Tomorrow afternoon I’m speaking at the Canadian Obesity Student Meeting (COSM) in Waterloo, Ontario. My talk, “Historical Perspectives on Obesity Stigma” examines how the problems that we associate with obesity have shifted over time, from religious (sin) to moral (poor character) to health issues. Obesity’s history means that, when we try to engage the public in a conversation about weight and health, we’re working against a deeply ingrained cultural belief that what you see on the outside is a reflection of who someone is on the inside. Looking at this cultural history, I believe, helps us to better understand the depth of obesity stigma in the contemporary context. People experience their health, fat or thin, not with discreet dividing lines between medical and social settings, but immersed in a culture that is fascinated with better managing the body.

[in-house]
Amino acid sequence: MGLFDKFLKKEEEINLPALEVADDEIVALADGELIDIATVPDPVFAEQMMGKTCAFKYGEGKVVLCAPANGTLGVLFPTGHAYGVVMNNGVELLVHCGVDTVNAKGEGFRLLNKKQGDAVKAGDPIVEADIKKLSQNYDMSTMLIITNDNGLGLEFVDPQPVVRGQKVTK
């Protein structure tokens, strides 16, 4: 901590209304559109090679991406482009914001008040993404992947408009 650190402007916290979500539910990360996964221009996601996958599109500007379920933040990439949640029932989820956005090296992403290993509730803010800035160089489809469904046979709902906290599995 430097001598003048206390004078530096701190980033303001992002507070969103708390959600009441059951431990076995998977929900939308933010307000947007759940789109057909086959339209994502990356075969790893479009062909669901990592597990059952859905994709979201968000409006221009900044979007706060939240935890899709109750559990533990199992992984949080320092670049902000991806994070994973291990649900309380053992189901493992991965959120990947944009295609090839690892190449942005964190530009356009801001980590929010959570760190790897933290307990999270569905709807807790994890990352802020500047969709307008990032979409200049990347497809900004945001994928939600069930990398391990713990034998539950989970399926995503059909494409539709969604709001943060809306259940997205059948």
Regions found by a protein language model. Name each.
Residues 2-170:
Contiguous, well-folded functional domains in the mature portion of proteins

When: 4:00pm on June 18, 2014
Where: In the Lecture Hall at St. Paul’s University, University of Waterloo
Who: The talk is intended for graduate students in the health sciences, so my focus will be on how historical literature on obesity helps us to think about contemporary clinical health practices. But, everyone welcome.
Why: Because social scientists and scientists should talk to each other!
Check out the full program, including lots of panels on obesity stigma.